The democracy of convergence

I’m reading Henry Jenkins’ Convergence Culture (Amazon), a book I think I will use for my Writing in Cyberspace class (soon to be renamed Writing in the Digital Age) in the fall. So a couple of passages briefly on the meaning of convergence here:

convergence represents a cultural shift as consumers are encouraged to seek out new information and make connections among dispersed media content. This book is about the work–and play–spectators perform in the new media system. (3)

Convergence does not occur through media appliances, however sophisticated they may become. Convergence occurs within the brains of individual consumers and through their social interactions with others. (3)

convergence represents a paradigm shift–a move from medium-specific content that flows across multiple media channels, toward the increased interdependence of communications systems, toward multiple ways of accessing media content and toward ever more complex relations between top-down corporate media and bottom-up participatory culture. (243)

And if I may, one more quote, this one specifically referencing Current TV but I think asking questions that are more generally relevant.

Was Current going to be democratic in its content (focusing on the kinds of information that a democratic society needs to function), its effects (mobilizing young people to participate more fully in the democratic process), its values (fostering rationale discourse and a stronger sense of social contract), or its process (expanding access to the means of media production and distribution)? (241)

So this notion of democratization is on my mind right now as the
students in my summer class (Writing Creative Non-Fiction) are reading
Dan Gilmor’s We the Media (Amazon).
Jenkins comes at this issue from his interest in fan culture, but
regardless of that, it’s clear that emerging media networks have
fostered new relations between the traditional consumers of media both
among themselves and with media corporations and authors, actors,
musicians, and so on. The issues surrounding copyright/IP are also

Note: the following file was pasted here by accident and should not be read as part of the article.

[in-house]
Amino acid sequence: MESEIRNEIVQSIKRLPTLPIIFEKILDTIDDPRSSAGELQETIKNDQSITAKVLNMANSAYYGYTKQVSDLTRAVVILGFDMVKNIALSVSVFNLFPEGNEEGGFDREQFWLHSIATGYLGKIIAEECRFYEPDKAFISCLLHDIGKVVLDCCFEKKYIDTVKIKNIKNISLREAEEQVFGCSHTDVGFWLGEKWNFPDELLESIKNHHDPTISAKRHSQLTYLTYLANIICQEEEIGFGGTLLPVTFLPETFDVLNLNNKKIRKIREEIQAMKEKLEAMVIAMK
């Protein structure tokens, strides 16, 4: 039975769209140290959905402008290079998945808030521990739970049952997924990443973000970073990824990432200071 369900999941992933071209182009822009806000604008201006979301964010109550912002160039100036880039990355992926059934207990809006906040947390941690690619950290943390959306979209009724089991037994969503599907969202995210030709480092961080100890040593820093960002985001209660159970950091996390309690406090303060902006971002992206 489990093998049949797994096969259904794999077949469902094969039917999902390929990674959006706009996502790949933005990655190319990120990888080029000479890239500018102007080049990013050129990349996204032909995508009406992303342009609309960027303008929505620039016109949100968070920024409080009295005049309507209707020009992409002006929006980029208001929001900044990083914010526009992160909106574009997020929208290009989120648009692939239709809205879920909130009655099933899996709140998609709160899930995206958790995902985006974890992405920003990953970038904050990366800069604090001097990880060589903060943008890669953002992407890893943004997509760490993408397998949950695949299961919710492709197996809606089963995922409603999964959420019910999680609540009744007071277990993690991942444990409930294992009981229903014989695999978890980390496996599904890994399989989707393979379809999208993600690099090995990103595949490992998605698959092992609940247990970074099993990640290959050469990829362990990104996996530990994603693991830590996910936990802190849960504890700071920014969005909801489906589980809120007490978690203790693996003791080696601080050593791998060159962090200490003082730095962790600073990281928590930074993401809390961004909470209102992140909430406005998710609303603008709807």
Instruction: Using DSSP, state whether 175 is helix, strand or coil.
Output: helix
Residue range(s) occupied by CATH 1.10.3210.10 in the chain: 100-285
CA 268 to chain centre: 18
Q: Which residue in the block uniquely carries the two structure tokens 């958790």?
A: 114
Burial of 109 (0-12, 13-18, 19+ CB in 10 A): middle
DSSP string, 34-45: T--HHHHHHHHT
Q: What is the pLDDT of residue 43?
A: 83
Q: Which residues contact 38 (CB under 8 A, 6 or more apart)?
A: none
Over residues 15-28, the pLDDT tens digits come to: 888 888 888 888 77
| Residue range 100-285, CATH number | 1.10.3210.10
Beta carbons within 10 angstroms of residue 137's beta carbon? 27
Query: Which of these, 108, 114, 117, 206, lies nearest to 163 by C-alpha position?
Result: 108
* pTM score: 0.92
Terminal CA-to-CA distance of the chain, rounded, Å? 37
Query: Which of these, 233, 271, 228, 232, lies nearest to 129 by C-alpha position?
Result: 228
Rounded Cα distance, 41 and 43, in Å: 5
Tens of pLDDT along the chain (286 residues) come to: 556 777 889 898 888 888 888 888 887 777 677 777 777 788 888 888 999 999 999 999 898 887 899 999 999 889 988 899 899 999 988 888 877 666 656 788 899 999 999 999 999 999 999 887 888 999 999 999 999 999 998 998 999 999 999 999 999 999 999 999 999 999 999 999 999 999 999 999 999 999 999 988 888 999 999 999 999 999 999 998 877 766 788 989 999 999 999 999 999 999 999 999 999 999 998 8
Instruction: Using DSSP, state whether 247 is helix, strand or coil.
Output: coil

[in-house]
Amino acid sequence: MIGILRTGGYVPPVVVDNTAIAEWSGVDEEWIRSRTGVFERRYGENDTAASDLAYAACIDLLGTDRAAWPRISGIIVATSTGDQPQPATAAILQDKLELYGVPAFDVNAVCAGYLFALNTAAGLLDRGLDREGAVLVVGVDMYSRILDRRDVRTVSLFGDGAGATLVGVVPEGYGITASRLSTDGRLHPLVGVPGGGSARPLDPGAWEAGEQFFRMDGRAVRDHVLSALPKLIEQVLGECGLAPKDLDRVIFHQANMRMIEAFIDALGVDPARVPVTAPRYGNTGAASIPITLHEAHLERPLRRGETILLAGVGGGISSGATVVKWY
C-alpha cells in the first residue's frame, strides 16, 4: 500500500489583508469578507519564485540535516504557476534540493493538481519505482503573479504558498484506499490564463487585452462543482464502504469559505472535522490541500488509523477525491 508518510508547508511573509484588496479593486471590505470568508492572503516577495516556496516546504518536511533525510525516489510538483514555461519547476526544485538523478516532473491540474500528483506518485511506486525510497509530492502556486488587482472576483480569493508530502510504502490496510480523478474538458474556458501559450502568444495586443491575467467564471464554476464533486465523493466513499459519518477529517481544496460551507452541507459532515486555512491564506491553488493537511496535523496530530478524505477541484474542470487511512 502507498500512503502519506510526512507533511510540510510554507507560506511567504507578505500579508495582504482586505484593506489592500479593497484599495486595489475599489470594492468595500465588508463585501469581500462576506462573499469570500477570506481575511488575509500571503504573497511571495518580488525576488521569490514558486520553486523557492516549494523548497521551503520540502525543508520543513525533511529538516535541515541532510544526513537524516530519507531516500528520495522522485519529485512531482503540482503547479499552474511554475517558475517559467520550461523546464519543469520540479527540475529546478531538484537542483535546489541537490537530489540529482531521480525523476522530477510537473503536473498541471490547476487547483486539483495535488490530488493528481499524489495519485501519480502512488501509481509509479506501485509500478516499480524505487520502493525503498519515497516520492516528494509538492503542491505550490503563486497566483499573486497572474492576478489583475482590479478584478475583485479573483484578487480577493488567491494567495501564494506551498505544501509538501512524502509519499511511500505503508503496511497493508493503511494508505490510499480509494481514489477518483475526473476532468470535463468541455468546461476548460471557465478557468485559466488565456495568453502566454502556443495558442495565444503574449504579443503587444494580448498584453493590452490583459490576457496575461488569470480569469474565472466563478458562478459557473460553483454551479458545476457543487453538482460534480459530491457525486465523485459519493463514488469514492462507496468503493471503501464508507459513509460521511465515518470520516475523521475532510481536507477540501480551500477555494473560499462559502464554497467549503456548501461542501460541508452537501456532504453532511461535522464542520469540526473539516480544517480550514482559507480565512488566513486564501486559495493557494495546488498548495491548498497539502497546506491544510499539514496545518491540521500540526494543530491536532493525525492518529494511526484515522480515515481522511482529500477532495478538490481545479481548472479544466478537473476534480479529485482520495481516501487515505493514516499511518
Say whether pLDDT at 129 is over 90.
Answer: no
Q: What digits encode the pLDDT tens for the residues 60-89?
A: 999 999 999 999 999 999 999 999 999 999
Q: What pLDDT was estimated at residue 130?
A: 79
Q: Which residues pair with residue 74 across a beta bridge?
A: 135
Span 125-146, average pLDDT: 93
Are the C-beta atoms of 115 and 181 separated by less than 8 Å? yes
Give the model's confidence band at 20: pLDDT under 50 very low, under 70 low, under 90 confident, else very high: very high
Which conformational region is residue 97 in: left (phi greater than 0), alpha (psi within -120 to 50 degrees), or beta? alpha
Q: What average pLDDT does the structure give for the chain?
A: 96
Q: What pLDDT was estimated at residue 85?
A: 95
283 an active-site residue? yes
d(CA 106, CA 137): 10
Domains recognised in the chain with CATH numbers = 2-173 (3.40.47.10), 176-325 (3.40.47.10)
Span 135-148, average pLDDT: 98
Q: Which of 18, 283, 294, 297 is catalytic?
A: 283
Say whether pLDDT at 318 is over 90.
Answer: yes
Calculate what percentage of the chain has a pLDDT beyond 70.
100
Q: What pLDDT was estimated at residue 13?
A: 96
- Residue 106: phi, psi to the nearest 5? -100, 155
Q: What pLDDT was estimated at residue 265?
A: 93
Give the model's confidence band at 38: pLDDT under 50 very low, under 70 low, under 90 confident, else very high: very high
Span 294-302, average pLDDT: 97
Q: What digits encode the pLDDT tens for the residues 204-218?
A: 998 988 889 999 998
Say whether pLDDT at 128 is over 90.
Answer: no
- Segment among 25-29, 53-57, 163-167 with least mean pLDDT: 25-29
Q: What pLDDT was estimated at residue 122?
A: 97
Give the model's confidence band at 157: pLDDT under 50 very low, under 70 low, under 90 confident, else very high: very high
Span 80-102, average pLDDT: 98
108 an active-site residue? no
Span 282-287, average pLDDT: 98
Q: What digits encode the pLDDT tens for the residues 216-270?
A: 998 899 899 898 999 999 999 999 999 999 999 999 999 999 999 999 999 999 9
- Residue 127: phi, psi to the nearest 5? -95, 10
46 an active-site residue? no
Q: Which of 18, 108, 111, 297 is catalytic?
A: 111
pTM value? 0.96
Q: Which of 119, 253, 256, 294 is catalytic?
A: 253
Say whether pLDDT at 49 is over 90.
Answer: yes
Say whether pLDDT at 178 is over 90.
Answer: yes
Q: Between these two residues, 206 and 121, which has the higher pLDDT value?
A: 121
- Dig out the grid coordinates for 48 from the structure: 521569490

familiar, though ever-shifting. In short there are interesting tensions
in this marketplace between corporate interests, social good, and
individual and community interests. There are also competing
notions/values about what it means to democratize media. Does it mean
allowing amateurs onto the playing field? Does it mean furthering the
ends of our "democratic nation-state"? In this democratization (to pick
up on some of the language above), who gets to define "the democratic
process"? "rational discourse"? "social contract"? or the "kinds of
information a democratic society needs to function"?

In my view, all of these things come down to the last point about
democratizing the process. Arguably, higher education has long been
engaged in the project of offering (and defining by offering)

information necessary to democracy, of trying to get students to be
"engaged," and of teaching students democratic values. We can see the
kinds of effects these institutional practices have, good and bad.

While Jenkins wants to de-emphasize the technology, and I understand
his reason for doing so, it’s what the technology offers in
democratizing the process that makes the difference here.
That’s the thing that higher ed, for example, has never done well. At
the same time, he makes an important point in stressing the role of
brains and social interactions. To offer one final brief quote here,
"The question is whether the public is ready to push for greater
participation or willing to settle for the same old relations to mass
media" (243).

In short, it’s about individuals and communities making use of these
technologies to expand social discourses and developing a new
democratic discourse as an emergent phenomenon of this expansion. Of
course a lot of people will want to talk about what is good or bad
within this public sphere (if I may dare to use that term loosely
here).  And clearly it will not be ideal.

Clearly we should talk about content, effects, and values as we
consider the role convergence has on our democracy. These are all part
of the conversation about how we use the technology, but in some sense
the fact that we may have the conversation indicates that the processes
of convergence are working.

 

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